Fellow Americans Help Me Understand Our Constitutional Rights as Citizens and “Shout It Out” Park, two smart poems by the American author Leah Lubin.
Fellow Americans Help Me Understand Our Constitutional Rights as Citizens
It was in October that I moved to Santa Cruz.
A place I’ve been visiting since the late 1980s.
Freedom and funky.
A mix I enjoy downtown on Pacific Avenue for many years.
But changes have taken place that I don’t understand.
Along with the free music and good vibes, a feeling of disturbed
and rebellious energy that I feel is too much for this town.
Then, in a period of one week, personal experiences I still can’t
forget or understand.
Yes, I people watch. I need to.
I am a writer and an artist. I need to express the real scene.
So, when on a Tuesday morning I watched a group of anarchists
leave their café and throw their empty plastic cups on the
ground, I said:
“Hey wait a minute Anarchists! There is a garbage bin 5 feet
away. Why can’t you use it?”
Walking further, I went past the Catalyst with their one dollar pizza slices for lunch.
On the floor he sat asking for money.
That’s OK, but “Why are you throwing your paper plate on the
ground right next to you?” I ask him.
He ignores me.
Two days later I am back on Pacific Avenue close to the
New Leaf when I started hearing screaming.
There he stood right in front of the store on the corner.
A life size wooden cross in front of him, shouting and screaming
we were all going to hell if we didn’t believe like he does.
Then I notice across the street a cop standing and staring at him.
Great, I thought.
I am going to ask him what he is going to do about it.
“Nothing” he tells me.
“It’s this man’s constitutional right to scream his beliefs at us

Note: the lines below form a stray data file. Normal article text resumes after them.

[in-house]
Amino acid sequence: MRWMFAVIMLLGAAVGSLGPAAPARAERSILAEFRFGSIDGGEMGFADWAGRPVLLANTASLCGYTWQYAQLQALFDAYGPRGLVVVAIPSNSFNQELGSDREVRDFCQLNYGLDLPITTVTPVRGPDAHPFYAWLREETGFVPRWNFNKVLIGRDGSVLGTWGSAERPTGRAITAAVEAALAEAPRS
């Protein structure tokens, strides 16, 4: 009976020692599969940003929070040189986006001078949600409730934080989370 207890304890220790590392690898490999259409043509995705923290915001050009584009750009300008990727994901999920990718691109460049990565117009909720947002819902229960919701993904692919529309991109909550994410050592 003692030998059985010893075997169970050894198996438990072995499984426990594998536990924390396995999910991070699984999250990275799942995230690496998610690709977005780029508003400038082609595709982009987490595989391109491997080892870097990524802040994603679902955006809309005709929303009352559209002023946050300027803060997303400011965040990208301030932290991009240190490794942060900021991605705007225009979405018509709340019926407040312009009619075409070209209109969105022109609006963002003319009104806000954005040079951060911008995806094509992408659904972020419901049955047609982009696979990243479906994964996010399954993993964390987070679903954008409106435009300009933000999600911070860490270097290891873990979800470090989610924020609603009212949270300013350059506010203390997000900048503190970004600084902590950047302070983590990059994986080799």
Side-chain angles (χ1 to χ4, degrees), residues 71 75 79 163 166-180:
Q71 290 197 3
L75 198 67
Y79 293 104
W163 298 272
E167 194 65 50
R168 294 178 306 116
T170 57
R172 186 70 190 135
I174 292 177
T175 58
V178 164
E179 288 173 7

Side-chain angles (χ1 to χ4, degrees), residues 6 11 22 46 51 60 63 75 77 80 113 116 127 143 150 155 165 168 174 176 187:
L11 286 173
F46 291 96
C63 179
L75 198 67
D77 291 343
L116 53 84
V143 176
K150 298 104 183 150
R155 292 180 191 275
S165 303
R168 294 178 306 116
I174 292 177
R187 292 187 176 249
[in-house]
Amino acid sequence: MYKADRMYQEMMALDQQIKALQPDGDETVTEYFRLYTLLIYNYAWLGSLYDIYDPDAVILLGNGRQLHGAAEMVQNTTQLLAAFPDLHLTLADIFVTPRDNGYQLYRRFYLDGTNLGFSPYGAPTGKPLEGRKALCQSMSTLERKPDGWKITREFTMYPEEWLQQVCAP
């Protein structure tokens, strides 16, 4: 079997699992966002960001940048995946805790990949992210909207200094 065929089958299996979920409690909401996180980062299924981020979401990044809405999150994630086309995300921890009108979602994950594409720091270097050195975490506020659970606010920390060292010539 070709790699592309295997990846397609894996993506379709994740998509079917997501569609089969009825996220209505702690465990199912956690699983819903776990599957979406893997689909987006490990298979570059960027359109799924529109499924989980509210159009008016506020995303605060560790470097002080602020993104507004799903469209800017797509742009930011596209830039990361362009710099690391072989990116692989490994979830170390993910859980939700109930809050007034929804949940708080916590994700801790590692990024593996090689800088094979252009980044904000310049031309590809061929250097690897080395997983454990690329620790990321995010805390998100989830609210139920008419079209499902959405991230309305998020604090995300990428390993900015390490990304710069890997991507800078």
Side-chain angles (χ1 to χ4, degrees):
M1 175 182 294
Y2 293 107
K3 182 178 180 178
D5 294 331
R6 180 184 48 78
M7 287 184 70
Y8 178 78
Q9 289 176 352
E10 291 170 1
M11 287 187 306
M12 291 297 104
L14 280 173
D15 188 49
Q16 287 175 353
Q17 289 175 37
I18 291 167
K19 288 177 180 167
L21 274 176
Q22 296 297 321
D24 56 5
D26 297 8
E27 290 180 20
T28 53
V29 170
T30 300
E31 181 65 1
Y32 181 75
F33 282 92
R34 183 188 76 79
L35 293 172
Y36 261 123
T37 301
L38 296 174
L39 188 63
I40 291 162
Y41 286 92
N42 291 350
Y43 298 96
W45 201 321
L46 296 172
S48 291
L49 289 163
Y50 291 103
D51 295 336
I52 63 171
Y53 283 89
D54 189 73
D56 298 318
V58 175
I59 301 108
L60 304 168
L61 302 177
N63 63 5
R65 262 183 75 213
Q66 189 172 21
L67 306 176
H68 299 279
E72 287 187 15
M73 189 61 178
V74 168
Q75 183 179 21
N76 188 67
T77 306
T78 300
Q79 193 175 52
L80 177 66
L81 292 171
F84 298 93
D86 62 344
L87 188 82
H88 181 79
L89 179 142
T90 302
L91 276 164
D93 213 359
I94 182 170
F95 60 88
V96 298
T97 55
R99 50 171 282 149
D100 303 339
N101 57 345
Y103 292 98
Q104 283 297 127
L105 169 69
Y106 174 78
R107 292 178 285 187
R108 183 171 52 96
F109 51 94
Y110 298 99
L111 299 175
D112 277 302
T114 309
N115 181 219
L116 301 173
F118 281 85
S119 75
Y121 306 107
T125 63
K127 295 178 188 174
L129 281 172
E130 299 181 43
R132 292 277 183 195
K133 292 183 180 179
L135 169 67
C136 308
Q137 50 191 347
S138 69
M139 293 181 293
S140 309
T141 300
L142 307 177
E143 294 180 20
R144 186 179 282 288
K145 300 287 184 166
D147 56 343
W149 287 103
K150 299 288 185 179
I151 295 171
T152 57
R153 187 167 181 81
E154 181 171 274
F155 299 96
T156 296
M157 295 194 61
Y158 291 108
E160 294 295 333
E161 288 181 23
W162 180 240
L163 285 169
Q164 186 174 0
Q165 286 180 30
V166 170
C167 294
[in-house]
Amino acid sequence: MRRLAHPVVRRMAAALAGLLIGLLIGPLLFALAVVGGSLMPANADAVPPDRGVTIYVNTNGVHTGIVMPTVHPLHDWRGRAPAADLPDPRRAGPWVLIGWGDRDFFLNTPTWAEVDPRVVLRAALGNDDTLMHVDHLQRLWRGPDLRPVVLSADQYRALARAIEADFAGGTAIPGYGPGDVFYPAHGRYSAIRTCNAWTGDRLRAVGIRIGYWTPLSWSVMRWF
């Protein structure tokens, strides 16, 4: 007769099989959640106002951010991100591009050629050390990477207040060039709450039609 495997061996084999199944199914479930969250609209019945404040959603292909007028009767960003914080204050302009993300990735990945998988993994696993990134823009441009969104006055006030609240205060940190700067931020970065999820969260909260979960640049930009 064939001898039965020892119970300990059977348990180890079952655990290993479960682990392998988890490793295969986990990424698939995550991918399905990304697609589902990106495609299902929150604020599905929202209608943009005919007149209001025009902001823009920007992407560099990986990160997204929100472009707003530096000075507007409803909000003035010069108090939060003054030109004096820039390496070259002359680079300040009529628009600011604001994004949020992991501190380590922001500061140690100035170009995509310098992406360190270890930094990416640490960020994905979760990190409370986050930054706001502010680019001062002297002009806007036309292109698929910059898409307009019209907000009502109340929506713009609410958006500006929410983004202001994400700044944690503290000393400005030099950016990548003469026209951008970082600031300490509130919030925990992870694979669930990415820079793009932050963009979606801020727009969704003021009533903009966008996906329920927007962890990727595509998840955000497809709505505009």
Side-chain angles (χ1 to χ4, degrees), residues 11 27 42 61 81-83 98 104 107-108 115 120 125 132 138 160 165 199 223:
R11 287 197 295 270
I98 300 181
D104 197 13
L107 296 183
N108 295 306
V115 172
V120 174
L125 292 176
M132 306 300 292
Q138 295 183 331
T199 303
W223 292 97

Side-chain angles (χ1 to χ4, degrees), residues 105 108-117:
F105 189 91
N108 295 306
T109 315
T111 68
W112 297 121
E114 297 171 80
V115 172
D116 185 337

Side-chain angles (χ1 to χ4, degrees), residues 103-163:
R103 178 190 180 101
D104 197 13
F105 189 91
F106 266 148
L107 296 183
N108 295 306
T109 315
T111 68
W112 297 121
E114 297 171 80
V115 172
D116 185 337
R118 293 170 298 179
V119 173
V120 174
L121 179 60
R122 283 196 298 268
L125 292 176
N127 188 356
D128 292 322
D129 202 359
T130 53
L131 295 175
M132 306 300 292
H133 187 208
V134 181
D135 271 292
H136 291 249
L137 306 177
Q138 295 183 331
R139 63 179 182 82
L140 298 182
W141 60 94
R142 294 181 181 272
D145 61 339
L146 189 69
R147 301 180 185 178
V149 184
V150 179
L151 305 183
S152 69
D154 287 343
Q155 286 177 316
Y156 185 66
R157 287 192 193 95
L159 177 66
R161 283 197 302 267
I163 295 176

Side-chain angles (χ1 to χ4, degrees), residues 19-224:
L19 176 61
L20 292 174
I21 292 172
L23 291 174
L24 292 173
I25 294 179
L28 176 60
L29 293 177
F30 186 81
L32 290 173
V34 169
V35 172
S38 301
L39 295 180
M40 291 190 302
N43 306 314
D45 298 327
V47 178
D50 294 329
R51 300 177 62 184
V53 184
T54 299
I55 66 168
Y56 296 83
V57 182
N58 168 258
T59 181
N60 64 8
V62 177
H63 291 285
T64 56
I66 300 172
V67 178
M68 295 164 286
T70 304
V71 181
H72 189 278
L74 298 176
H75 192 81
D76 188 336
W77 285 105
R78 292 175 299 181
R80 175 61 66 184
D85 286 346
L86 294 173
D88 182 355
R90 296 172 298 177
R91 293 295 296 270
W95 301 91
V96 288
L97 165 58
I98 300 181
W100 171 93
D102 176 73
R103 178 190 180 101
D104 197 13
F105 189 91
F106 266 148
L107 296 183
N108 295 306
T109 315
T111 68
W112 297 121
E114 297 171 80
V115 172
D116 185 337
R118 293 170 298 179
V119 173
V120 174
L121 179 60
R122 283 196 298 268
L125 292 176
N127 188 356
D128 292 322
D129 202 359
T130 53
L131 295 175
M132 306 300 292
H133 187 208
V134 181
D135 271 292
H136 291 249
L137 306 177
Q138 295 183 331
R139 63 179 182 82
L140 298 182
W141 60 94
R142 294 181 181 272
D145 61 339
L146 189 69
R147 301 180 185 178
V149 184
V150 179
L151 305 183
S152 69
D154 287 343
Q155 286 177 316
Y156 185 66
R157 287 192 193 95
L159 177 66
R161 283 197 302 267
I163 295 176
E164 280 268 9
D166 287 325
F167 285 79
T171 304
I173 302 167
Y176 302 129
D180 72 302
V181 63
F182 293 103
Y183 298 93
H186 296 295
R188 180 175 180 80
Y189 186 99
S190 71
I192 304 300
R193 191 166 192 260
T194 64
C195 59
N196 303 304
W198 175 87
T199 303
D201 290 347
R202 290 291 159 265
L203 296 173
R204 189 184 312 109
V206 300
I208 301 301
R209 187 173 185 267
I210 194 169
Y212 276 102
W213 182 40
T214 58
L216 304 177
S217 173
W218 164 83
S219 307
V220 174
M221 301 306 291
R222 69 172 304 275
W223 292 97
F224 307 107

all” says the cop and even starts yelling at me when I don’t buy
What sounds to me like disturbing the peace apparently is our constitutional right especially when you’re preaching religion as you see it he loudly tells me.
But I respect cops, I think to myself.
I don’t get it.
An American citizen myself since 1986.
I want your opinion.
Does this make sense to you?
I want to know.
“Shout It Out” Park
You probably learned about my incident.
A situation that included my disliking of public craziness,
and my expressing this to a cop who refused to stop the noise
due to what appears to be the noise maker’s constitutional right.
Well, I’ve been doing a lot of thinking about it.
And, I’ve come up with a solution that should please most.
So here goes: We create a park where if you need to scream about something, you can.
A public park not in a residential area.
They don’t want to hear it.
Not on a public street downtown where shoppers, diners, and
people enjoy a good walk and then a sit down on a bench to relax.
They definitely don’t want to hear your screaming.
The park will be clean.
It will be friendly.
People will come to hear you, even expect to see you.
And at 4:20 I might join you.
But when you start shouting, I’ll leave.